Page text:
Michael Pollan’s Advice for Healthy Eating


Yesterday, there was an article in the Plain Dealer about Michael Pollan’s recent visit to Cleveland.

I like Michael Pollan’s simple approach to a healthy food plan that he sums up in just seven words:

“Eat food, mostly plants, not too much”.

I can handle that!

He elaborates with the following seven rules:

    1. Don’t eat anything your great grandmother wouldn’t recognize as food. “When you pick up that box of portable yogurt tubes, or eat something with 15 ingredients you can’t pronounce, ask yourself, “What are those things doing there?” Pollan says.
    2. Don’t eat anything with more than five ingredients, or ingredients you can’t pronounce.
    3. Stay out of the middle of the supermarket; shop on the perimeter of the store. Real food tends to be on the outer edge of the store near the loading docks, where it can be replaced with fresh foods when it goes bad.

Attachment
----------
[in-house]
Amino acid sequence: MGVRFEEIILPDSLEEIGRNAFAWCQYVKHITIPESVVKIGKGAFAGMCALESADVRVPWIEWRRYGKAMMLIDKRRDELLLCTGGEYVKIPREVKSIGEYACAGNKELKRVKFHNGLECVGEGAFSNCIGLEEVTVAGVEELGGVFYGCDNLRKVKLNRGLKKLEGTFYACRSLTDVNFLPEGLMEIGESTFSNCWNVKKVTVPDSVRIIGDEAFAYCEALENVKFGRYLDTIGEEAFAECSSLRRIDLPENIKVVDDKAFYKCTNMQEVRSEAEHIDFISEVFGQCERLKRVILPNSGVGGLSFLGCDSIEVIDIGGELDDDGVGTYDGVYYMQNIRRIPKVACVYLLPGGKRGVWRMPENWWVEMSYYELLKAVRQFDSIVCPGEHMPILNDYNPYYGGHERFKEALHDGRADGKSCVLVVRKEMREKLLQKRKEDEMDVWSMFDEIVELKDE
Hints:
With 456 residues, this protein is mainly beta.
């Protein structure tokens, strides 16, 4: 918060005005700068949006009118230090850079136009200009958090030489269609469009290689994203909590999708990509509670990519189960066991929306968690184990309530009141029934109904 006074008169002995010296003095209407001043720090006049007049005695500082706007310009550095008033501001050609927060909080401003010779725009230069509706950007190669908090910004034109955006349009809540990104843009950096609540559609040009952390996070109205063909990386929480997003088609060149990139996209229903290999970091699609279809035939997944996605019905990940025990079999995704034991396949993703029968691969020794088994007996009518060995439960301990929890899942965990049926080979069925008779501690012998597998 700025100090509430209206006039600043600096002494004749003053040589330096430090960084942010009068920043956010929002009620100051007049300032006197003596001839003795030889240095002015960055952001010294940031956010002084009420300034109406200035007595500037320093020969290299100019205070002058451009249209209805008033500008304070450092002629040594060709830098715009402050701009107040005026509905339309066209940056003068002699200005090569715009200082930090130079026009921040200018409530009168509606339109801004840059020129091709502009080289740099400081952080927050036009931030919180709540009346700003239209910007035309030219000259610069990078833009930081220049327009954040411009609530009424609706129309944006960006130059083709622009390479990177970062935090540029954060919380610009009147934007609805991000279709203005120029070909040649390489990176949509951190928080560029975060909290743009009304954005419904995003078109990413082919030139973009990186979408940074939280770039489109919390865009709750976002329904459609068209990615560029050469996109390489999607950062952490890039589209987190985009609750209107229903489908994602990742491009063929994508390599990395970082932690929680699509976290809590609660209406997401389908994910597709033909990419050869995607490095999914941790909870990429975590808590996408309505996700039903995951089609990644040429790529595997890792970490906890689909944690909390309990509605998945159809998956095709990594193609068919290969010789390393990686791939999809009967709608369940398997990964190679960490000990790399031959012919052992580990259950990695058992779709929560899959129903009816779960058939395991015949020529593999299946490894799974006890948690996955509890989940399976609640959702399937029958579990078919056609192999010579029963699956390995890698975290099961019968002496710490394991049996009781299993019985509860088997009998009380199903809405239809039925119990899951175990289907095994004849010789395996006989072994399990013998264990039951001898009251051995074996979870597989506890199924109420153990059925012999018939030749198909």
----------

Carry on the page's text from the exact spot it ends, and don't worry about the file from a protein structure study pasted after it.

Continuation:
4.  Don’t eat anything that won’t eventually rot. “There are exceptions — honey — but as a rule, things like Twinkies that never go bad aren’t food,” Pollan says.
    5. It is not just what you eat but how you eat. “Always leave the table a little hungry,” Pollan says. “Many cultures have rules that you stop eating before you are full. In Japan, they say eat until you are four-fifths full. Islamic culture has a similar rule, and in German culture they say, ‘Tie off the sack before it’s full.'”
    6. Families traditionally ate together, around a table and not a TV, at regular meal times. It’s a good tradition. Enjoy meals with the people you love. “Remember when eating between meals felt wrong?” Pollan asks.
    7. Don’t buy food where you buy your gasoline. In the U.S., 20% of food is eaten in the car.

Michael Pollan has a new book being released tomorrow called Food Rules:  An Eater’s Manual . Some quotes from the book were shared in the PD article.  These are the ones that I particularly liked:

“Make water your beverage of choice”

“The whiter the bread, the sooner you’ll be dead”

“If you aren’t hungry enough to eat an apple, then you’re probably not hungry”

Michael Pollan advocates that if we allow ourselves to enjoy real food, we will be healthier.  I can do that!




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